D. Martyn Lloyd-Jones
“Blessed are they that mourn: for they shall be comforted.”
Contrast with the world: The world does all it can to get away from mourning, but the gospel says, “Happy are those who mourn.”
This is a spiritual mourning, not a natural mourning as if for someone who has died. All the Beatitudes have reference to a spiritual condition and a spiritual attitude.
Sadly, spiritual mourning is not as much in evidence in today’s Church as it once was.
- One reason is because the Church is reacting against a false notion of puritanism.
- Another reason is that there is a current notion that in order to attract the lost we must put on a happy face.
- The ultimate reason is that we have a defective doctrine and conviction of sin and also a shallow view of joy.
- Therefore, there is little effective evangelism.
In light of all this, it is important to know what Jesus means when he says, “Happy are those who mourn.” Let’s look at the NT, and let’s start with Jesus first.
- We are created to be like Christ. What was Christ like? There is no record of Jesus laughing. There is anger, hunger and thirst, and weeping. He was a “man of sorrows, and acquainted with grief.” There’s indication he looked much older than he was (Jn 8:57), but no assumed brightness and joviality.
- In Paul’s teaching, we find Paul’s recurrent experience of spiritual anguish in Rom 7:14ff., Rom 8:23, 2 Cor 5:1. He tells Timothy and Titus that the old men are to be sober, grave, and temperate, and the young men are to be sober minded. There is no glib joviality here.
What does it mean to mourn?
- It follows naturally from being poor in spirit. We see God and his holiness and the lives we are meant to live, and we see our helplessness in doing so, and we mourn.
- We also see our sins. As we examine our lives at the end of each day and see how far short we have fallen, we mourn, experiencing what Paul details in Rom 7.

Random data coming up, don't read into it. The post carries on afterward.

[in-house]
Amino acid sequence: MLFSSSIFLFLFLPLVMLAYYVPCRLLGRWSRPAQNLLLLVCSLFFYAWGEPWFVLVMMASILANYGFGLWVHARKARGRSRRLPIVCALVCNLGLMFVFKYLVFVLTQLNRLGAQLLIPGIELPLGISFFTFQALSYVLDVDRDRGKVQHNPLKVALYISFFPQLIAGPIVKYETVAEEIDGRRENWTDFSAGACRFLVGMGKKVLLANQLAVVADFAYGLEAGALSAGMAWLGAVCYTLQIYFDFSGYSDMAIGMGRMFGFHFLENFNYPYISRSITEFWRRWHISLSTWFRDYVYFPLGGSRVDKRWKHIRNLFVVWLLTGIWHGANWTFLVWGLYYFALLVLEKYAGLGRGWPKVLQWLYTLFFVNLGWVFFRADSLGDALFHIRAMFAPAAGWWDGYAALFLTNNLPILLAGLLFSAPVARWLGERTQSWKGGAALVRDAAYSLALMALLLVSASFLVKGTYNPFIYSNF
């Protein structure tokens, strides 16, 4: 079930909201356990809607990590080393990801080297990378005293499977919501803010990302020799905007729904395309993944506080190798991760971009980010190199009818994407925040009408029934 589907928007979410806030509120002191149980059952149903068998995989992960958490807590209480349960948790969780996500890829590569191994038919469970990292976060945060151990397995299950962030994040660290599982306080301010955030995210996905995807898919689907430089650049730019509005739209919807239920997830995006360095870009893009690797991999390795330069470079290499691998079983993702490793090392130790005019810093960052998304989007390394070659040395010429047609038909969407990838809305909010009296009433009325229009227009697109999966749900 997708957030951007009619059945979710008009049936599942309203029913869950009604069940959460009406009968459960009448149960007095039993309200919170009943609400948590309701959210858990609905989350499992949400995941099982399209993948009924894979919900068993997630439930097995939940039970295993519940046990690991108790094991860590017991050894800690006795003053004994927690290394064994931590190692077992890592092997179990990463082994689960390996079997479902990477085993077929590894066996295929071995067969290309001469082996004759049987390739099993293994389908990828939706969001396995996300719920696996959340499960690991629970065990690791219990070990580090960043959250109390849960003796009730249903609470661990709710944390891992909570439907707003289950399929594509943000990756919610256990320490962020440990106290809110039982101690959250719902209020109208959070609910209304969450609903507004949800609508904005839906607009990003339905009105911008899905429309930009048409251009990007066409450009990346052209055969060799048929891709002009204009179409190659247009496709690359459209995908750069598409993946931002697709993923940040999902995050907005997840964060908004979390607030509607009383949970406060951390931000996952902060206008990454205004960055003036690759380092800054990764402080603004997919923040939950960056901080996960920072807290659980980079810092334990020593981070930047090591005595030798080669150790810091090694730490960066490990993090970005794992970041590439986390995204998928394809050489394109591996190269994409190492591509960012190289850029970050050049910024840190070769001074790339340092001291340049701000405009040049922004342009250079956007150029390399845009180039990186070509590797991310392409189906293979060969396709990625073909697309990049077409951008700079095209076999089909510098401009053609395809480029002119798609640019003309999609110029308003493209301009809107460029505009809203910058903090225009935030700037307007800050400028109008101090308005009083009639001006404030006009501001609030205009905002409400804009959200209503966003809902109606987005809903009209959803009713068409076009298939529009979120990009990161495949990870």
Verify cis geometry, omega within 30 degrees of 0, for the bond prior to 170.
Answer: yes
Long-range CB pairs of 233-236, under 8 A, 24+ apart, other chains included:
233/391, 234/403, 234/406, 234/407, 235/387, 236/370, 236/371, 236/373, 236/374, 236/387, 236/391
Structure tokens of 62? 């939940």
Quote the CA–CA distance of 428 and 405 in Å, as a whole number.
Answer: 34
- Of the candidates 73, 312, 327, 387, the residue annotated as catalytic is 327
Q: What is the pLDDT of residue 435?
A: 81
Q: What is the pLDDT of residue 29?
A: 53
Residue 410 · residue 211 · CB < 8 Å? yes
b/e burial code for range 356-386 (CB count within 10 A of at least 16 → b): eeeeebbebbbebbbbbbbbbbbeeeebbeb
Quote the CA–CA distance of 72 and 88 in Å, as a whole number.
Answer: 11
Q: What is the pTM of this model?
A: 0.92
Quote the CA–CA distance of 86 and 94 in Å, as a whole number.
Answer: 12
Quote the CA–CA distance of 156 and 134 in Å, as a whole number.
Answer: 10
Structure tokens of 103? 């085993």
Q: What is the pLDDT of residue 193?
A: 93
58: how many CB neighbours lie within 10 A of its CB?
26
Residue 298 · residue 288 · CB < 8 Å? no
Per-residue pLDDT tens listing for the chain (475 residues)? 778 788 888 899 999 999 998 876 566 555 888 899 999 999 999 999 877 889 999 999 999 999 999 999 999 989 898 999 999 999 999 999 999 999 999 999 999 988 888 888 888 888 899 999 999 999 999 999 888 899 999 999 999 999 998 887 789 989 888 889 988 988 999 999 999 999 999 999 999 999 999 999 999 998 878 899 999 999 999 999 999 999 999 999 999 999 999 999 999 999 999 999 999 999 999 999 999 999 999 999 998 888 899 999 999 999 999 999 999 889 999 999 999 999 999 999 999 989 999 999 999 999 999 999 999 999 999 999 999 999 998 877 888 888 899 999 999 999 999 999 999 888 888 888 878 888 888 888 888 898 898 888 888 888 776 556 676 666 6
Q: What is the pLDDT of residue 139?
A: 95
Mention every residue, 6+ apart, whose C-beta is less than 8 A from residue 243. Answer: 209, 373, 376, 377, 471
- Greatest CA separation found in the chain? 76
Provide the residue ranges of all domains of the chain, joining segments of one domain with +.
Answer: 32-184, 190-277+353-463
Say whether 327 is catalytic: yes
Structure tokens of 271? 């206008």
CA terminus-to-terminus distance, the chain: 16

- We also mourn the sins of others. That is what Jesus did as he approached Jerusalem (Lk 19).
- This mourning is the antithesis of the world which, as Jesus puts it, “laughs now.” Even in war, the world tries to be happy.
But we don’t stop there, lest our picture be incomplete. For mourning leads to true happiness. In what sense? Happy in a personal sense.
- At conversion: The one who mourns his sinfulness and hopelessness looks for a Savior and finds Christ, his perfect satisfaction. “That is the astounding thing about the Christian life. Your great sorrow leads to joy, and without the sorrow there is no joy.”
- Throughout the Christian life: mourning for personal sin and sinfulness throughout the Christian life leads rejoicing when eyes are lifted once again to Christ.
- The blessed hope: There is the joy of knowing there will be a new heavens and a new earth, wherein dwelleth righteousness.
What hope does the person have who doesn’t believe these things? Look at your world; read your newspaper. There’s no hope. You can’t bank on education or on the UN. All has been tried and has failed. Only the Christian man who mourns for his sins and is comforted experiences true joy, the joy of Christ now and the future blessed hope.
[My notes don't do the sermon justice. The book is a wonderful compilation of perhaps the best sermons preached on The Sermon on the Mount.]